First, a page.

Movies like “Animal House,” “Revenge of the Nerds,” “Old School” and “Van Wilder” show young, attractive college kids binge drinking, taking drugs and engaging in risky behaviors. Although these comedies portray an exaggerated American college experience, they’re funny because they’re relatable. According to the report Academic Opportunity Costs of Substance Use During College, on average, 40 percent of college students drink alcohol excessively.
Despite what Hollywood may dismiss, the number of alcohol poisonings, drug-related deaths and reports of violence that occurs on and off college campuses is no laughing matter. Even after students leave college, drug and alcohol use during college can affect post-graduate employment opportunities and performance in the workforce.
The Recovery Village® recently conducted a survey that examined patterns of substance use among college students. According to this survey, 78 percent of participants reported that their drug and alcohol use decreased when they left college. While this statistic is an improvement for the participants, many people may not realize how their past drug and alcohol use affects their post-college employment.
After the party is over, the mess gets cleaned up, but what about the damage done to these students’ bodies? Damaged cells in the liver can lead to liver disease and the damage done to the brain can cause seizures and severe memory loss. In addition to decreased health, some additional long-term consequences could include difficulties in securing post-college employment.
College Students Aren’t There For a Long Time, They’re There For a Good Time
Drug and alcohol use during college could decrease the chances of post-graduate employment for various reasons, including:
- Having serious substance use problems during college may inhibit graduating, and employment that provides a living wage can be difficult to find without a degree.
- Drug or alcohol-related legal issues from college, like a possession charge or DUI, may also make it difficult for someone to find a job after college.
- Drug and alcohol use may also cause students to disengage from extracurricular activities, academic pursuits like internships and networking resources that could help them obtain the necessary skills to gain employment post-college.
Substance Abuse Affects Graduation Rates
The National Center for Education Statistics reveals the troubling realities of the country’s college graduation rates. Of full-time students at four-year universities, approximately 56 percent of male and 61 percent of females completed their bachelor’s degrees within six years.
The extended amount of time it took for students to complete their programs can be attributed to excessive drug and alcohol misuse. According to researchers at Tel Aviv University and Cornell University, heavy drinking six times a month can reduce the probability that an unemployed individual in the workforce will obtain a job by 10 percent. The researchers also suggested that each additional instance of binge-drinking during a 30-day period can lower the odds of gaining full-time employment post-college by 1.4 percent.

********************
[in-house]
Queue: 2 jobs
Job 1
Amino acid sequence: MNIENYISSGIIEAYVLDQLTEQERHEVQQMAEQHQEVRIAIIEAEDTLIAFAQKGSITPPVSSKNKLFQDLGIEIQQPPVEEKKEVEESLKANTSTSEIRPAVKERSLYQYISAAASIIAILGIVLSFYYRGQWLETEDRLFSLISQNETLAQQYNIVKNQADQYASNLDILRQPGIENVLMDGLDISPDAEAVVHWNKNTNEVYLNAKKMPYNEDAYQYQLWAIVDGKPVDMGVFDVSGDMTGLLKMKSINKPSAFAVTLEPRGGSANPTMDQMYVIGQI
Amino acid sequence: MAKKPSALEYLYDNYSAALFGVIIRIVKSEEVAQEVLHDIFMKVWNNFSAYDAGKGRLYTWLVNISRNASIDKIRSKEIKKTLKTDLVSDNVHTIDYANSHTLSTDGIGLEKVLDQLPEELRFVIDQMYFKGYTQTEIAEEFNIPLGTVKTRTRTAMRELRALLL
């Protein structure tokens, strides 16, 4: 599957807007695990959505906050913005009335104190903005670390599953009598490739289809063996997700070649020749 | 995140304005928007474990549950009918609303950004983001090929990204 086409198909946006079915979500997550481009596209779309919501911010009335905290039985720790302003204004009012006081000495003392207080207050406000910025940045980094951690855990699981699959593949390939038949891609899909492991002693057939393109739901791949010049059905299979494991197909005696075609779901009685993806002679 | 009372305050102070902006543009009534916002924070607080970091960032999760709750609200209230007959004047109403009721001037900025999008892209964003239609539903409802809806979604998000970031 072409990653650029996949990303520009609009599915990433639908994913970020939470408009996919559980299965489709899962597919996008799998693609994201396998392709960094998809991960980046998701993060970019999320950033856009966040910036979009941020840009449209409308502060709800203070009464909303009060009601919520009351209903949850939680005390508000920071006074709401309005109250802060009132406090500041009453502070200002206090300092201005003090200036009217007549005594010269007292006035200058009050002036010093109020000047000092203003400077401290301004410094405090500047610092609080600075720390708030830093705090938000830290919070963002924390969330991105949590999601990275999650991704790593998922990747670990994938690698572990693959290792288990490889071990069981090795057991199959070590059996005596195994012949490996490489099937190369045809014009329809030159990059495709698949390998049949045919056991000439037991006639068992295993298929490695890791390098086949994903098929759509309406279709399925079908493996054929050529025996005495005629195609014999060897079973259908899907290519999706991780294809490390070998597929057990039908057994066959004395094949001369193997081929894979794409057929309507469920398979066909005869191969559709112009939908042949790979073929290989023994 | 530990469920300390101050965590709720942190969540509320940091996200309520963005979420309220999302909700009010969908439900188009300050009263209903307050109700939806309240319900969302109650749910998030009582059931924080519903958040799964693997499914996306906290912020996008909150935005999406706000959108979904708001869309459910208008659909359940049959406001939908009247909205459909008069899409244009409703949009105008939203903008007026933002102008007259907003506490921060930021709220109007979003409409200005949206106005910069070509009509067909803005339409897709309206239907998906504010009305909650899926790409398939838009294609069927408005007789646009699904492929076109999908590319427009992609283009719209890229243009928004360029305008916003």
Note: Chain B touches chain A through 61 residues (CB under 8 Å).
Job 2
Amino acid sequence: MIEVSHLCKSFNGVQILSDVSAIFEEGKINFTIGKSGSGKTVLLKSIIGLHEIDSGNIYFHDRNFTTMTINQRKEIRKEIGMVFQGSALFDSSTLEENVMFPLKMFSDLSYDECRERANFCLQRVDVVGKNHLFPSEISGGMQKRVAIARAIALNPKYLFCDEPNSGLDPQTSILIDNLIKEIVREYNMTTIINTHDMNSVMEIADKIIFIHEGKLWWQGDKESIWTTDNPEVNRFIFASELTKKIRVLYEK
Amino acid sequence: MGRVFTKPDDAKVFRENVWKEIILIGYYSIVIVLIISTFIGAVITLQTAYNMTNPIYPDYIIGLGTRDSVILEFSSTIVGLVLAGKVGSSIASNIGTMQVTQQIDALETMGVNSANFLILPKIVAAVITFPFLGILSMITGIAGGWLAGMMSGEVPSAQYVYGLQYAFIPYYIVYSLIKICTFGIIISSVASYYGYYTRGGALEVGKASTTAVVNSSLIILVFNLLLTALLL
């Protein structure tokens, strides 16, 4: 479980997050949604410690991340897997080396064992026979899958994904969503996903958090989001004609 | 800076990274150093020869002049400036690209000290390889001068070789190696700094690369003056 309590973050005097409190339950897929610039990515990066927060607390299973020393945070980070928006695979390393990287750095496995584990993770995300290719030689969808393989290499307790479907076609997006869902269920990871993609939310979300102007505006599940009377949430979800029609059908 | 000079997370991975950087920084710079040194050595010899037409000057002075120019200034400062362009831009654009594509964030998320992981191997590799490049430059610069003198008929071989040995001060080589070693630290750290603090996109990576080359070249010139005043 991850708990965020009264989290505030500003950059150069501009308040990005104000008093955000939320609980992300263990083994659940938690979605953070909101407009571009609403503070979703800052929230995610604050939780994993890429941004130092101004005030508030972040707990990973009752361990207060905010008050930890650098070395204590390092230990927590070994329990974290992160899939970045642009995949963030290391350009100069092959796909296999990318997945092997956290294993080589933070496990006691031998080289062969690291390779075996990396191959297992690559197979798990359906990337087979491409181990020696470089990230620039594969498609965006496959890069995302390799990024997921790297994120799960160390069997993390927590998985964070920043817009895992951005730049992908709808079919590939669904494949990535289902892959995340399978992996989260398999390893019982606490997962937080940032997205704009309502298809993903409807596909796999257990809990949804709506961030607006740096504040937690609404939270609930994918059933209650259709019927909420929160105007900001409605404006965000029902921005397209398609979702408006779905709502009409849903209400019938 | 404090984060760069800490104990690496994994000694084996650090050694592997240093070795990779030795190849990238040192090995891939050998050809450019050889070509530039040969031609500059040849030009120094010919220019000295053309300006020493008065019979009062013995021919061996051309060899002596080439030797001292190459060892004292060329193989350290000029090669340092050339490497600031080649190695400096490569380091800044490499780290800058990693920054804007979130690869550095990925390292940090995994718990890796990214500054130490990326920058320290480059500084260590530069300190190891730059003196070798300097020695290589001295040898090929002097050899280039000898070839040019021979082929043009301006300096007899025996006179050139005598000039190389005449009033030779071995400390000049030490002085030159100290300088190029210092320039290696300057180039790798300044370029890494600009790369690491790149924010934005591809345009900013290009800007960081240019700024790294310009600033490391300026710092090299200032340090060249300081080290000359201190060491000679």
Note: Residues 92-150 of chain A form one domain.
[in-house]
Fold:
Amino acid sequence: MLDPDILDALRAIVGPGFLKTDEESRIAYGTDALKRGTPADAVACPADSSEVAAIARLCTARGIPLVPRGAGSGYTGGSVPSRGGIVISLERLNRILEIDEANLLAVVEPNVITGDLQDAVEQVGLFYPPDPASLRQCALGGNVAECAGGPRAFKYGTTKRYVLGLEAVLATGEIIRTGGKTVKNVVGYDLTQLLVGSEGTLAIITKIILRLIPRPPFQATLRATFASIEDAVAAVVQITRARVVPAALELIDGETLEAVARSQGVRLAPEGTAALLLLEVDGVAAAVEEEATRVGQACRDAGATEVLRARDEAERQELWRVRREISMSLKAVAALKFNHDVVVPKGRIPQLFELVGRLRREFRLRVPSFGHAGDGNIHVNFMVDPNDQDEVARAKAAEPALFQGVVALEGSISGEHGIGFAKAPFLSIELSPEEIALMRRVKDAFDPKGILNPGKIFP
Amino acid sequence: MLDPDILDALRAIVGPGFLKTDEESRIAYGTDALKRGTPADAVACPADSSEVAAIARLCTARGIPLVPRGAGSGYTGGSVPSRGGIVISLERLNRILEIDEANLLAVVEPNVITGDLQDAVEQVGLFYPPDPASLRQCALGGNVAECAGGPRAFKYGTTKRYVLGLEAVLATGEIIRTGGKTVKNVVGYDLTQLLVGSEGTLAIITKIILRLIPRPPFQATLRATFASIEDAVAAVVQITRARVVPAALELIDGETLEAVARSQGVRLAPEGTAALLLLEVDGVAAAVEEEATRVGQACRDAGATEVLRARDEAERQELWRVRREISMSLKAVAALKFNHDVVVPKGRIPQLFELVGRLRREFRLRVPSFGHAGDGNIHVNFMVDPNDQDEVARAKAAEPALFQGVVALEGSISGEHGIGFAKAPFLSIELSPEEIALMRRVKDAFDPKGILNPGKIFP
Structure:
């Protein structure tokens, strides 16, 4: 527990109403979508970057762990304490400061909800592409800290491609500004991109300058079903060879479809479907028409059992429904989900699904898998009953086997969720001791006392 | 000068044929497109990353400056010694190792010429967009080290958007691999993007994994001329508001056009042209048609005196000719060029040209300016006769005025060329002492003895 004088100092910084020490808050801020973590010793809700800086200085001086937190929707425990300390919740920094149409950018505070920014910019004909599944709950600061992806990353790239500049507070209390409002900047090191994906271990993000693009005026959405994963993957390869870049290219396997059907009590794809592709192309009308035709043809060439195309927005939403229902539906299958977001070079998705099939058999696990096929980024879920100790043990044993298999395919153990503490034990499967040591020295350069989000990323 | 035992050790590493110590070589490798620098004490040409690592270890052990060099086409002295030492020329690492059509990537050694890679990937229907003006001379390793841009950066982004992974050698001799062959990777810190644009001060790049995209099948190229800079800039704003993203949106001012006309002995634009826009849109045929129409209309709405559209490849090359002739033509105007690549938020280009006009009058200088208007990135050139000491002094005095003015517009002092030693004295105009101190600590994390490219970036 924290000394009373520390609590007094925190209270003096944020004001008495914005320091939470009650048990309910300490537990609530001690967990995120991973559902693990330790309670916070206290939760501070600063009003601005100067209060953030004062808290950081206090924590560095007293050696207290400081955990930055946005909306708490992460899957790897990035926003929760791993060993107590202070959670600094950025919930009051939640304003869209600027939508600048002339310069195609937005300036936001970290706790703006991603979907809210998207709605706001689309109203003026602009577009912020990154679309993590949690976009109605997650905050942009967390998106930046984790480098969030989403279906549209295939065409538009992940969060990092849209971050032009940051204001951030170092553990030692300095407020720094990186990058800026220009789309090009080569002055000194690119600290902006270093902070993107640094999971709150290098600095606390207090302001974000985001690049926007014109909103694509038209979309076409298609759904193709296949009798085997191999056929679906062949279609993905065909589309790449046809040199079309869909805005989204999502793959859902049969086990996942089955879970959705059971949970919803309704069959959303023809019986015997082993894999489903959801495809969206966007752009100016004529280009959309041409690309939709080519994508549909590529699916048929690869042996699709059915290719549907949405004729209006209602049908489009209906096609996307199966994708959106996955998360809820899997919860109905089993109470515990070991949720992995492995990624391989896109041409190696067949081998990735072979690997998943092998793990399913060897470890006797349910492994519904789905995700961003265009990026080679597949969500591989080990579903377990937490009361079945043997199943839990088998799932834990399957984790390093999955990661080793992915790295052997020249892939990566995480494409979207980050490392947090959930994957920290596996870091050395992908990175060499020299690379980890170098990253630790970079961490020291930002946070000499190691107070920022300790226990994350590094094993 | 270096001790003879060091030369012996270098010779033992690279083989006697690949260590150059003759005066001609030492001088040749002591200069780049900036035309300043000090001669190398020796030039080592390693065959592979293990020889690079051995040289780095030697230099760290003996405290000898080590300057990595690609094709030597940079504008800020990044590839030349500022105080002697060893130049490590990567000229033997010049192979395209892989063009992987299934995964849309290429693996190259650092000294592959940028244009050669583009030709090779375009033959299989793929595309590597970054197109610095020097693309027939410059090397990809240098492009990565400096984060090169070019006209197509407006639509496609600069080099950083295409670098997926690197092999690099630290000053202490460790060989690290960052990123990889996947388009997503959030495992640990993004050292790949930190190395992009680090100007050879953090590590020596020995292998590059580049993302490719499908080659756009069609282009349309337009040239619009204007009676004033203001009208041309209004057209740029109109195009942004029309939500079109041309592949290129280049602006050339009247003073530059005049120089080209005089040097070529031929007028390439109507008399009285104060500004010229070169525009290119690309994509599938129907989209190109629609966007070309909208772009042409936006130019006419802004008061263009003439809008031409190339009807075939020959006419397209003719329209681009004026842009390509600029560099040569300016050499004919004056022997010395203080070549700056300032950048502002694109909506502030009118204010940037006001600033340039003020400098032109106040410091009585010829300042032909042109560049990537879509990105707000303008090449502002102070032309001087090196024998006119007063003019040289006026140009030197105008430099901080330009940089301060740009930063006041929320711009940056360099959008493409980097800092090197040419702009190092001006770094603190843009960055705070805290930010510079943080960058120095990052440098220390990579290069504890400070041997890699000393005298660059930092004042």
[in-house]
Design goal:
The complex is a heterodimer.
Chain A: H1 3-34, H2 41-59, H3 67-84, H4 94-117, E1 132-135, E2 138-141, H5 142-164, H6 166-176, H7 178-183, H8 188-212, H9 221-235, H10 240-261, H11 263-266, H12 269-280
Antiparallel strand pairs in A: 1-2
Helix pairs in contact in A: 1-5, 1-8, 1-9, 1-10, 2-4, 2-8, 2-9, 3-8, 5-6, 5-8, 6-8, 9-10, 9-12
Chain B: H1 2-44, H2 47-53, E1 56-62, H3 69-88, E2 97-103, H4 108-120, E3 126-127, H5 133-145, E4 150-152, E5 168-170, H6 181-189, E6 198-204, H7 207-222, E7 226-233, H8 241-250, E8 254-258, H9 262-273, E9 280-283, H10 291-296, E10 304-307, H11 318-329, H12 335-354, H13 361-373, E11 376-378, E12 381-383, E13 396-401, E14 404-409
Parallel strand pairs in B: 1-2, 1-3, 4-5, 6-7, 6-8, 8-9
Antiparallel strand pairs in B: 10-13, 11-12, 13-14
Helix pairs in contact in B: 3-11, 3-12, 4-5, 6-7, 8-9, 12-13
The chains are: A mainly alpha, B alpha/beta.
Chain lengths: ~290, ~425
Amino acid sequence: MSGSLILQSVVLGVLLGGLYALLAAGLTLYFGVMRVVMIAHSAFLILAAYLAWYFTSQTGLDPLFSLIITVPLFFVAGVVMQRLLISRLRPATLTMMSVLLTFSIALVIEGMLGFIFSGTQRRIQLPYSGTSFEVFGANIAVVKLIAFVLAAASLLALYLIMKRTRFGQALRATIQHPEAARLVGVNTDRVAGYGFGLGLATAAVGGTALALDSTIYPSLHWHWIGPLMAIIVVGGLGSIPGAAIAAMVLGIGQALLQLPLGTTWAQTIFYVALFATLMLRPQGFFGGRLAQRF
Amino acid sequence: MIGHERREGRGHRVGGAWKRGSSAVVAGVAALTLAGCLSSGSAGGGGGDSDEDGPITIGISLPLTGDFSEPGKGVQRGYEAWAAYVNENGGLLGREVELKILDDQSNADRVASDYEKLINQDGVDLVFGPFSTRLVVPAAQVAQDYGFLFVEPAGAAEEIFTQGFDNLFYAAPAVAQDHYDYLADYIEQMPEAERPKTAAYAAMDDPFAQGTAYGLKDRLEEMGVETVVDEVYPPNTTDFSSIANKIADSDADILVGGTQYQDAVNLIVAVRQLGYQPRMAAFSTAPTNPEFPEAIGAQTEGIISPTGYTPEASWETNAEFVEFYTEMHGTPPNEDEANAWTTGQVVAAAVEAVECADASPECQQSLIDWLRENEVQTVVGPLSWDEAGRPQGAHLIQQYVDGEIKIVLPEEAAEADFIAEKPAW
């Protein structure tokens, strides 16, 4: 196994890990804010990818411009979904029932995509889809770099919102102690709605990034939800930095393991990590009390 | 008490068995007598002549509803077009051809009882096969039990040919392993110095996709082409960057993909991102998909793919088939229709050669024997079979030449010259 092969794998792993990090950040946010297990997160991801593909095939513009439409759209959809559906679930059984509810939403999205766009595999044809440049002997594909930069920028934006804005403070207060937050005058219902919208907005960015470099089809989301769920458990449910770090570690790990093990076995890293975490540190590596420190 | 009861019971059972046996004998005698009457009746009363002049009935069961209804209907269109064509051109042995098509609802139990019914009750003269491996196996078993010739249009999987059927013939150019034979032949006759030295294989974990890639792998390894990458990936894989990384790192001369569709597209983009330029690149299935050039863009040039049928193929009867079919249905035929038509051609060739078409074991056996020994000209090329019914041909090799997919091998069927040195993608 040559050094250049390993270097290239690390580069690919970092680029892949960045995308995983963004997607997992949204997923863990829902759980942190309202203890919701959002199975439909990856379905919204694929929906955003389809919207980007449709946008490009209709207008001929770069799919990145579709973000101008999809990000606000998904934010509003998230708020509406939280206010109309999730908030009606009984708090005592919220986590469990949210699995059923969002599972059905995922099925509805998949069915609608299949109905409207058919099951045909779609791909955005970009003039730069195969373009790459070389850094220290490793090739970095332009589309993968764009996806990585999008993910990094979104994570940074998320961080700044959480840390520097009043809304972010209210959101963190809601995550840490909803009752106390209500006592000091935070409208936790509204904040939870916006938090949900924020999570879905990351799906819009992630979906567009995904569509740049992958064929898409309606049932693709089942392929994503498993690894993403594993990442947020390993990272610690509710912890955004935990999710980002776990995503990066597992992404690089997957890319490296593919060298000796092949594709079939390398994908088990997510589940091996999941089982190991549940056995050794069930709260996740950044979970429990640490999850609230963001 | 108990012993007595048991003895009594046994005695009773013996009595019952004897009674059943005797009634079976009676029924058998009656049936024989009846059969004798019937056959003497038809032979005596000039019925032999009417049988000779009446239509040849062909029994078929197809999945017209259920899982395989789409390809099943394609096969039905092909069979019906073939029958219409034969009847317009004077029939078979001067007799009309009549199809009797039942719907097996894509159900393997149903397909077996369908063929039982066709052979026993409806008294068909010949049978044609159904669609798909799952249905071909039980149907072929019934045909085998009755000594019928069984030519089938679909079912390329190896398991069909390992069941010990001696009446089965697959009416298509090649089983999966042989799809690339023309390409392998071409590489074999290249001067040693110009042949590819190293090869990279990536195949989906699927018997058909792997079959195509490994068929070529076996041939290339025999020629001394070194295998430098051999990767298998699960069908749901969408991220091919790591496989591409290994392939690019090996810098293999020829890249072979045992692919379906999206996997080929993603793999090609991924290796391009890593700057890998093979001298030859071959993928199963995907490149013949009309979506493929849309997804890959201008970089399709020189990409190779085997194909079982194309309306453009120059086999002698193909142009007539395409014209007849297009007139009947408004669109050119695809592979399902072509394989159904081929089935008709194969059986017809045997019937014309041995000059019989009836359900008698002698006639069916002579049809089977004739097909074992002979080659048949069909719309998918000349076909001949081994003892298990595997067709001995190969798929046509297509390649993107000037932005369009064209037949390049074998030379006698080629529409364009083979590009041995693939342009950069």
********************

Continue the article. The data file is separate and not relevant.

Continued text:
Graduates with a history of heavy drug and alcohol use in college may face limited options in the current workforce where employment opportunities are increasingly difficult to come by. Since the recession of 2008, jobs have been harder to find for college graduates. Employers are offering fewer positions for less pay, so it’s important for applicants to stand out among their peers. Excessive drinking and substance use can interfere with obtaining the skills and experience required to be a competitive applicant in the current job market.
Welcome to the Real World
Besides affecting academic performance and the acquisition of skills and experience required to gain post-college employment, heavy substance use during college can also influence the job search. Job search processes are often highly autonomous, self-motivated, loosely structured and ill-defined undertakings. If a student isn’t able to motivate themselves to work through the puzzle that is locating and applying for an entry-level position, they’ll have less success obtaining a job after college than someone approaching the situation with a clear, focused mind.
Our survey found that when college students leave college, their tendency to drink as heavily and frequently decreases. Some researchers refer to this change in substance misuse pattern as “maturing out,” and acknowledge that it coincides with developmental changes in potentially dangerous behaviors.
It’s suggested that young adults who are trying to enter the workforce no longer feel the need to rely on potentially dangerous behavior like binge drinking or drug misuse to feel like an adult. For some young adults, “maturing out” involves engaging in other adult-related milestones like buying a home, getting married and having children.
It’s also possible that this decrease happens when young adults aren’t immersed in the college culture anymore – there’s no longer a party every weekend or a bar with cheap drink specials dedicated to you. However, even with the decrease of alcohol and substance misuse in their lives, these young adults may still feel the effects of their heavy drug use during college.